Garda Síochána refuses to disclose figures on officers’ lost phones

12 of the 15 mobile phones being sought by Charleton tribunal cannot be recovered

None of the three phones used by former Garda Press Office head Supt Dave Taylor could be found.   Photograph: Brent Lewin/Bloomberg

None of the three phones used by former Garda Press Office head Supt Dave Taylor could be found. Photograph: Brent Lewin/Bloomberg

 

An Garda Síochána has refused to disclose records of mobile phones lost by members of the force over the past number of years.

A Freedom of Information request for the details was submitted on March 24th this year. However, it was refused some weeks later and a subsequent internal review has now upheld the decision not to reveal the records, claiming the information is “operational policing business”.

It was revealed last week that 12 of the 15 mobile phones being sought by the Charleton tribunal cannot be recovered.

The inquiry heard on Friday that only two of six phones used by former Garda commissioner Martin Callinan have been recovered and just one of six phones used by his successor Noirín O’Sullivan was located.

None of the three phones used by former Garda Press Office head Supt Dave Taylor could be found.

The tribunal is inquiring into an allegation that a smear campaign was orchestrated against the Garda whistleblower Sgt Maurice McCabe on the instructions of senior management.

Records

In March, the Garda was asked under Freedom of Information for records of all mobile phones and/or other technology operated by members of An Garda Síochána and reported lost between 2013 to present.

It was further asked the number of phones and other technology lost in each year, the dates they were reported lost and the Garda district to which the member was attached when the phones were lost.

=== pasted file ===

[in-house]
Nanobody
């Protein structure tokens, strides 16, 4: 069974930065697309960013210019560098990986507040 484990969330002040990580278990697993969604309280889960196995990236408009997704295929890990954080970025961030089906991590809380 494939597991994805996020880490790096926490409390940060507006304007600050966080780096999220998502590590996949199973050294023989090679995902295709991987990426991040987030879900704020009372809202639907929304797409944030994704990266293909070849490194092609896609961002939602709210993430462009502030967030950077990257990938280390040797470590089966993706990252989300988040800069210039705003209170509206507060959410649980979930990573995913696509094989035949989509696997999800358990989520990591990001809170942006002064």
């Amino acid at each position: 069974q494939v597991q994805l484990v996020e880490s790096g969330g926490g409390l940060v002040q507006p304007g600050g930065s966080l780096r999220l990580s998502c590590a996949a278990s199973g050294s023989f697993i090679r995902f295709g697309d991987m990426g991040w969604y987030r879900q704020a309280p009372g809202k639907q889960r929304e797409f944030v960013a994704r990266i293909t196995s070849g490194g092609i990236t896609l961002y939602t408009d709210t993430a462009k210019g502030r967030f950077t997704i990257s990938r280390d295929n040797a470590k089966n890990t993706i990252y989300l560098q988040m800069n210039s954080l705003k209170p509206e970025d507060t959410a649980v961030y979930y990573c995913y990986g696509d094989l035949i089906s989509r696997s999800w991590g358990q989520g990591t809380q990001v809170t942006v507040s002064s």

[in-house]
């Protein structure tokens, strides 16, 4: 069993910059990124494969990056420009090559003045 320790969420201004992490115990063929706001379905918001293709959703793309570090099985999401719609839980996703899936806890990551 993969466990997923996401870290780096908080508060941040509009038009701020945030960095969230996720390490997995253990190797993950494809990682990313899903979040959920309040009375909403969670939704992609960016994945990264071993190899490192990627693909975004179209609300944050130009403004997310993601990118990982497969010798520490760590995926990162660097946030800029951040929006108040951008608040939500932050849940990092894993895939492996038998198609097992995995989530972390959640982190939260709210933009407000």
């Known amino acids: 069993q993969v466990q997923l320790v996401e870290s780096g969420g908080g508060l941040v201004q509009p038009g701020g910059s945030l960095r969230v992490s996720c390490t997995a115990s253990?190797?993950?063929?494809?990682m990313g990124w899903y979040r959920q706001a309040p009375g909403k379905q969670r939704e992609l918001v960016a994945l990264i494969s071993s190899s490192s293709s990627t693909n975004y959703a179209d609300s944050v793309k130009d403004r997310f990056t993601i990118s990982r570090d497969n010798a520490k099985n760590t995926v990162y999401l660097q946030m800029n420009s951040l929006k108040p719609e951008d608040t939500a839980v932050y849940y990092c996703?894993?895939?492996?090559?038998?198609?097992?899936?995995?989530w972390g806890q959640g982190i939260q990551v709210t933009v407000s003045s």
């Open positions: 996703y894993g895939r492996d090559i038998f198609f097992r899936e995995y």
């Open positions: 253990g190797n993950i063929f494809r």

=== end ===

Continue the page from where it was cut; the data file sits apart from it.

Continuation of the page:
Corresponding records on mobile phones and/or other technology that was procured to replace the items reported missing was also sought.

While many functions of the Garda are not covered by the Freedom of Information Act 2014, records relating to finance, procurement and human resources functions are covered.

However, Supt Sharon Kennedy of the Garda’s FOI unit, said records on mobile phones are a policing matter.

“The term ‘administrative records’ is understood to mean records relating to the processes of running and managing a business or organisation,” she said.

“As a result, the FOI Act excludes operational policing business as opposed to the defined administrative processes of An Garda Síochána.

“I am therefore refusing your request as it falls outside the scope of the FOI Act insofar as the records do not meet the criteria of administrative records as defined by the Act.”

Upheld refusal

After an internal review of the decision was sought, a “principal officer” at Garda Headquarters – described as a “more senior member of staff” – was asked to look at the request again and has upheld the original refusal.

Sgt McCabe has testified before the Charleton Tribunal that he was told by Supt Taylor of a smear campaign involving “hundreds” of text messages to journalists and others. He said this was carried out on the instructions of Mr Callinan and that Ms O’Sullivan knew about it.

The two ex-commissioners have denied any involvement in a smear campaign.

Supt Michael Flynn of the Garda telecoms section told the inquiry that although billing records were available for their phones, the content of any text messages would only be available from the actual devices.

It was not policy that officers had to return their old phones when being issued with new ones, he said.

One of the tribunal’s terms of reference requires it to examine the telecommunications records of contacts between Supt Taylor and former commissioners Callinan and O’Sullivan, for the period July 2012 to May 2014, concerning any smear campaign.